Saturday, 28 April 2012

Saturday 28 April 2012

I had prepared various pleas/retorts in case of provocation, but they were superseded by what happened. David Bratt started his report by stating the outcome of the dispute with Dave: that they had reached an accord under which DCB would agree not stand for re-election provided certain conditions were met: chiefly, that the trustees withdrew their accusation that he was not a fit and proper person; and that they admitted he was completely exonerated by the independent inquiry. In return Dave had apologised for upsetting them. It was hoped that a 'line could be drawn' and everyone could now 'move on'.

'Just say thank you', I hissed at Dave. Dave got up, and said thank you for that, and also thank you for the hard work you have done over the years as President. 'But', he added, 'there is one aspect of your statement that I cannot agree to. I cannot accept the matter is closed until the trustees have been held accountable for the waste of charitable money they have spent in pursuing this campaign of personal vindictiveness against me.'

Rogerson opened his mouth - but closed it again and moved on. When they got to the Treasurer's Report, Dave said 'You've got to challenge them on the cost of the inquiry. You do it.' So I did, because after all I won't be remaining a member after today. I asked the treasurer to clarify how much of the 'legal and professional expenses' had been thrown away on pursuing the criminal allegations against the secretary. It came to just under £1,000 and Rogerson maintained it was worth every penny to get the society's procedures in order. 'That's as maybe, but it wasn't why you initiated the allegations in your personal vendetta against Dave, was it?' He sidestepped, insisting the 'allegations' were no such thing and refusing to go back yet again to defend what they had done. Everybody wanted to move on; I bowed out of the exchange and Rogerson was left feeling in control, as ever. When it came to voting him back into office, we were the only two dissenters. All that was inevitable, and in truth I do want Dave to move on and sever links as he only makes himself appear peevish and bad-tempered (as I told him later). But to satisfy his honour we could have done no less, and we had made the (unanswered) point that the trustees' behaviour in pursuing Dave had been disgraceful. Yet Rogerson always comes out on top - whatever the morality of the situation he twists or overpowers or somehow asserts his power. Dave was still muttering tonight about 'I should never have agreed to resign', etc, and had to be told quite forcibly that he had made his point but would have got nowhere by fighting, that nobody wanted to know and nobody would have supported him, and that there was no option but to let it go for now, leave Rogerson to swagger, and wait for him to hand over to someone else. He is still threatening to bring about a computer failure at Taylor House that will lead to Rogerson's discomfiture. I tell him it won't; that Rogerson will bring in outside experts at whatever cost, and take the credit for putting things right again.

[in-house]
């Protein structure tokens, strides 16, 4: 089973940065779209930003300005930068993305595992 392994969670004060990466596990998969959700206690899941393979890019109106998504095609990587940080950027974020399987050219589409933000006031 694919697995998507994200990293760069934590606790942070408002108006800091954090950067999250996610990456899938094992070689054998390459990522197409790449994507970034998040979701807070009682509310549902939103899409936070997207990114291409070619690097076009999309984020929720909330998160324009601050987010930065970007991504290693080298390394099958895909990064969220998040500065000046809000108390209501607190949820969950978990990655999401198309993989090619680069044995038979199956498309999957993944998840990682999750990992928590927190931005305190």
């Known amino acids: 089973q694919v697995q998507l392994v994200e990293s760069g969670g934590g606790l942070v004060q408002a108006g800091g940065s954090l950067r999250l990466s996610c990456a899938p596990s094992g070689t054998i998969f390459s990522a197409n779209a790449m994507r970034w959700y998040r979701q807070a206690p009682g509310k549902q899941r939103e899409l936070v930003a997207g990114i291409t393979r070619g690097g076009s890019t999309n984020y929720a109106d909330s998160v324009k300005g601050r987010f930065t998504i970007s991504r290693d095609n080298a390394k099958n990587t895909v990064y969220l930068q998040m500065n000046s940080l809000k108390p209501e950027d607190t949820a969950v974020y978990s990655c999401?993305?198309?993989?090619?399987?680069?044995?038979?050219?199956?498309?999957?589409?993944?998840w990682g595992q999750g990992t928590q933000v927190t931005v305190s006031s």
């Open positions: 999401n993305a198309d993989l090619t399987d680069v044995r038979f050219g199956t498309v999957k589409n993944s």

Well I for one will not be going to another PNFS meeting. If only we could find a scheme or job that would give Dave a purpose in life again, then he might be more willing to relinquish the battle with Rogerson, which is really not worthy of so much distress.

Tuesday, 17 April 2012

Saturday 14 April 2012 - school reunion

Full of trepidation - people you think of as forever 14 turn out to be 60; like a stage make-up demo only with no make-up. Thirty-odd women, each with a life story come and gone, so will the old antagonisms, the classroom rivalries and shared teenage passions, count for anything or even be remembered?

The first thing I realised was that everyone else felt nervous too. For one afternoon we were on stage in a different school play, wearing wrinkles and grey hair. But then the talking took over and we became a group of wise, interesting and interested women, each riding on the family and career she had built but turning briefly aside to rekindle other friendships. Faces and in some respects personalities were the same-but-different: kind capable Marjorie and sensible Marilyn, who had organised the event; dreamy artistic Hilary with the flair for cake decoration, who wafted back as a fashion designer under the same cloud of fair curls; short forthright Mary, who had spent the last 40+ years having five children and raising poultry and sheep on a farm near Flagg. Little Jane Gregory and tall Jane Clemson had quietly gone on being best friends at whatever distance, and worked their way through teaching careers with steady success.
Sylvia had never seemed particularly happy at school and tended to resent the accident of money that gave our family more advantages than hers, until she discovered the violin at 15, fixed on a future in music and became a professional cellist and strings teacher. I couldn't work out whether the challenge in her gaze was reflecting that resentment or my concern over it.
Georgina I have seen and corresponded with on various occasions and we could take up where the last emails left off, on our children and her 102-year-old mother of course.